With all of the snow we’ve had here in New England lately, we’ve already seen a number of roofs collapse from the added snow load. Already this month in Massachusetts alone we have seen roof collapses at the Piano Mill in Rockland, a commercial building in Rockland, an industrial building in Canton, a former sportsplex building in Auburn, an Abington building, and an historic building in Hingham.

There are often, but not always, advanced warning signs that occur before a roof collapses. If you observe any of these signs, safely evacuate the building and have a structural engineer perform an inspection. Your building may be sending out warnings signs in advance.

Some Warning Signs

Visual Signs: If you notice anything new or usual such as sagging ceilings or beams, cracked wood beams or posts, bent posts, cracked plaster or sheetrock, misalignment of building elements, new gaps that have formed, doors that have become difficult to operate, bulging or curved walls, cracked or broken windows, light fixtures or sprinkler heads pushing down from the ceiling, bowed pipes or electrical conduit, pipe leaks or bursts (due to bending), new roof leaks, or water stains your roof could be in danger of imminent collapse.

Auditory Signs: Creaking, popping, cracking, repeated tapping sounds in the walls or ceiling, or any strange or unusual sounds.

Felt Signs: Things that are new or unusual such as cold drafts, spongy or bouncy floors, tilting or uneven floors, or any strange movements felt within the building.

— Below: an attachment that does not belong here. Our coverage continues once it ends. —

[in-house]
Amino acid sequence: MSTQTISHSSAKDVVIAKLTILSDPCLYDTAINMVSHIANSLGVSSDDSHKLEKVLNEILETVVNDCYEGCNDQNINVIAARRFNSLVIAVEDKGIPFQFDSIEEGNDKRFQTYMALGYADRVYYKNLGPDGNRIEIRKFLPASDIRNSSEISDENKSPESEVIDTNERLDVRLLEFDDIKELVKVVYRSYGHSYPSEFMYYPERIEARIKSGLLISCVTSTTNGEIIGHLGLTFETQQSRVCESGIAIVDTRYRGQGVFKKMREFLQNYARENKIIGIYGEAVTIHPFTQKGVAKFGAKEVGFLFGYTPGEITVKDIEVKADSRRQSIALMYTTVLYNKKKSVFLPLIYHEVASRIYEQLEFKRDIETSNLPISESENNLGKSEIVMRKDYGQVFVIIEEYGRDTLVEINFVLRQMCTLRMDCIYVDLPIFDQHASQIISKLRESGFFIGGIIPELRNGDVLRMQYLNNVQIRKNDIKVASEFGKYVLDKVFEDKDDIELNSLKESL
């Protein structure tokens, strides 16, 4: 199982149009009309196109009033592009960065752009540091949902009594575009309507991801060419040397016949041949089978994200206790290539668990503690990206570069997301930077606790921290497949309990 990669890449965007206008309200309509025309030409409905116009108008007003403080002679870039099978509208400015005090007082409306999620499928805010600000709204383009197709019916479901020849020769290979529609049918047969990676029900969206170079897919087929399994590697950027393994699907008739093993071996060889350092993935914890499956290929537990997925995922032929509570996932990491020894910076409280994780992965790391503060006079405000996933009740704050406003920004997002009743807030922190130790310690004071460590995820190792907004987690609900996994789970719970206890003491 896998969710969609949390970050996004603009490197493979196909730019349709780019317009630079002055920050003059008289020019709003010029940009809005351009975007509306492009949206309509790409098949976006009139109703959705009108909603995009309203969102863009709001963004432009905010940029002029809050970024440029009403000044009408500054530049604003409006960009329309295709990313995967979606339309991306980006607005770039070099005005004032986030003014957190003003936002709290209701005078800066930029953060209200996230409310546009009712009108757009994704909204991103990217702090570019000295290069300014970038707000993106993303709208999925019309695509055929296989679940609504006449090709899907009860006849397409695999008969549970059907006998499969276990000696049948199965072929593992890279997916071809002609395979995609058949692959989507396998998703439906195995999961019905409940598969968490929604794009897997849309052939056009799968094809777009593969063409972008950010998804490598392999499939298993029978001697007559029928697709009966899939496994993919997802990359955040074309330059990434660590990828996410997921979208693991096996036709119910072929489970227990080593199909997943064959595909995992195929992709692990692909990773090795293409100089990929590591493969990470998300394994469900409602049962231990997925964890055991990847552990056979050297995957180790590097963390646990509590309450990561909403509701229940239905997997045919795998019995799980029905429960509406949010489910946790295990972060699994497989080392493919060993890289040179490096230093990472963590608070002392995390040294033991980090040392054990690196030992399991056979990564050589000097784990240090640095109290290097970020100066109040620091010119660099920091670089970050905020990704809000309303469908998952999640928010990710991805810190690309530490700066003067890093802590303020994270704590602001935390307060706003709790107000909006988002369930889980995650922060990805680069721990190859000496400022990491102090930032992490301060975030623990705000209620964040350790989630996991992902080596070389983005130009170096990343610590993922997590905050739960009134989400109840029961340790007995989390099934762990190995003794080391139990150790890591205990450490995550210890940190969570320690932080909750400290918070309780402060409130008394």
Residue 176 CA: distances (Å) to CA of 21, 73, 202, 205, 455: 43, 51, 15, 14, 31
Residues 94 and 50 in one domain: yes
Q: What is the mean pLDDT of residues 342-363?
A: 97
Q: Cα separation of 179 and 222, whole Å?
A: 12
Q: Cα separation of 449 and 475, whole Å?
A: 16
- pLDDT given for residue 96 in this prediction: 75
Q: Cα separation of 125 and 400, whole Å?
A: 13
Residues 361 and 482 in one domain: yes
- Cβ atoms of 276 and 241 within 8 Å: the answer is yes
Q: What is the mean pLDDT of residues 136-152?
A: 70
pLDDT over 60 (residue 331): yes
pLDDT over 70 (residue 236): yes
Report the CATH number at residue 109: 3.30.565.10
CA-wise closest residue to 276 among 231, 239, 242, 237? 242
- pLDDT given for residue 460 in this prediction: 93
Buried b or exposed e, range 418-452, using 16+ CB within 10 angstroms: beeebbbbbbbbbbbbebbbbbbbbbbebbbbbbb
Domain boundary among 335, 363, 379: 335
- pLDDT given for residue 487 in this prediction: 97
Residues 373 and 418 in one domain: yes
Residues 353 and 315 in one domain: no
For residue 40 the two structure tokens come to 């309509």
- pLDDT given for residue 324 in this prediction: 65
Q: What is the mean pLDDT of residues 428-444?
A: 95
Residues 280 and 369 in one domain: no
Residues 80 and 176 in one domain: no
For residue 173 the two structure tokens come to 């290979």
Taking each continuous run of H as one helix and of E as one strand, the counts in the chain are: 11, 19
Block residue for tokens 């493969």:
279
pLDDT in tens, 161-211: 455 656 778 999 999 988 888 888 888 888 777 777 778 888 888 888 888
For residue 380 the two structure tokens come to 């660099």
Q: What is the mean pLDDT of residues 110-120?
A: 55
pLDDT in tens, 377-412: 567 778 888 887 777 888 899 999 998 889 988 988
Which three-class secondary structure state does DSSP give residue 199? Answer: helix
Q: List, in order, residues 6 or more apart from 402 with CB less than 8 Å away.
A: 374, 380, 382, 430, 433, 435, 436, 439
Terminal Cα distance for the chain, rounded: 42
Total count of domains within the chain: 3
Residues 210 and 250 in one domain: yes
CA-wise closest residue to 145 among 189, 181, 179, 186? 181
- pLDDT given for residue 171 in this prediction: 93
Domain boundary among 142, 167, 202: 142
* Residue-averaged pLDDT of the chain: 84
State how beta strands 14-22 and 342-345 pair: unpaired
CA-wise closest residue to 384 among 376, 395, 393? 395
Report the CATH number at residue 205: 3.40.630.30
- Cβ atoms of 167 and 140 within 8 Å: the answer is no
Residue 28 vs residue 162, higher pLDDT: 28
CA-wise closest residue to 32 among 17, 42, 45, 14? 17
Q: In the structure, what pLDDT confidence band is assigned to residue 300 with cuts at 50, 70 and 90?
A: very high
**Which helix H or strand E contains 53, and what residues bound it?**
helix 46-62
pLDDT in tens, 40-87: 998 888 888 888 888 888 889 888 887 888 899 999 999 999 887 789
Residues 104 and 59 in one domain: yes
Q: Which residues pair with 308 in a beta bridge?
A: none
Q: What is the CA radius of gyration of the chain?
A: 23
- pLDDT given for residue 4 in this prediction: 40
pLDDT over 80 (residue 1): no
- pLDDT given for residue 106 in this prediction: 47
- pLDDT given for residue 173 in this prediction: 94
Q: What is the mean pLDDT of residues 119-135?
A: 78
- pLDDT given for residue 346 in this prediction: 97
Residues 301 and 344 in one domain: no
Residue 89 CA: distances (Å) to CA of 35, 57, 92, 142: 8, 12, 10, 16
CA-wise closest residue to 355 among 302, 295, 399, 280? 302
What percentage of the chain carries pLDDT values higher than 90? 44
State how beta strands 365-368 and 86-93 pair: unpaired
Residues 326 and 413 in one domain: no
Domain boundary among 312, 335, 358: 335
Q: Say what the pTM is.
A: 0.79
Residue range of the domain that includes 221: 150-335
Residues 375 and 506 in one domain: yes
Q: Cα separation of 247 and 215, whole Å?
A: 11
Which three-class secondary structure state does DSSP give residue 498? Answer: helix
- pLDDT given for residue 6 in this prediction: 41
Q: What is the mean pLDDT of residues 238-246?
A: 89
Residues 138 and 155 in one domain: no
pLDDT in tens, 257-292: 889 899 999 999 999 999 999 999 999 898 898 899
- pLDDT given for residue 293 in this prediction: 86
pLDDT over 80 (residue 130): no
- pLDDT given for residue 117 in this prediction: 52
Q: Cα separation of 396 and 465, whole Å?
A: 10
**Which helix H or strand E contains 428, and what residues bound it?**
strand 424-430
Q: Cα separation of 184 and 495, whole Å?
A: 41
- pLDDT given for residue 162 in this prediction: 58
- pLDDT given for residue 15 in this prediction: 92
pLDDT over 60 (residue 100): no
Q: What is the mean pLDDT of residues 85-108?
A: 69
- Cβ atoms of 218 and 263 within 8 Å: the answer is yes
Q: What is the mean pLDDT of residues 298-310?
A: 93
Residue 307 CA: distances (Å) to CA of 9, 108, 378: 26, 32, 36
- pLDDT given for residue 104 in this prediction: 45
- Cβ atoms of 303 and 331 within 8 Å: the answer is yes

Action Items

The advanced warning signs listed represent only some possible signs that can occur. The absence of such signs does not mean that your roof is necessarily safe from collapse. It is also possible for a roof collapse to occur with little to no advanced warning signs at all.

To be safe, it is recommended that: 1) roofs be cleared of as much snow as possible in a safe and responsible manner by a qualified contractor using proper snow removal methods, and 2) an assessment be performed by a structural engineer to evaluate existing snow-load conditions when snow cannot be safely or practically removed. The engineer can evaluate the degree of danger and can help manage the situation with possible solutions such as added temporary shoring and bracing. Always err on the side of caution.

Written by Joel E. Breuer, PE managing partner at HG Cornerstone. Mr. Breuer can be contacted at jb@hgcornerstone.com.

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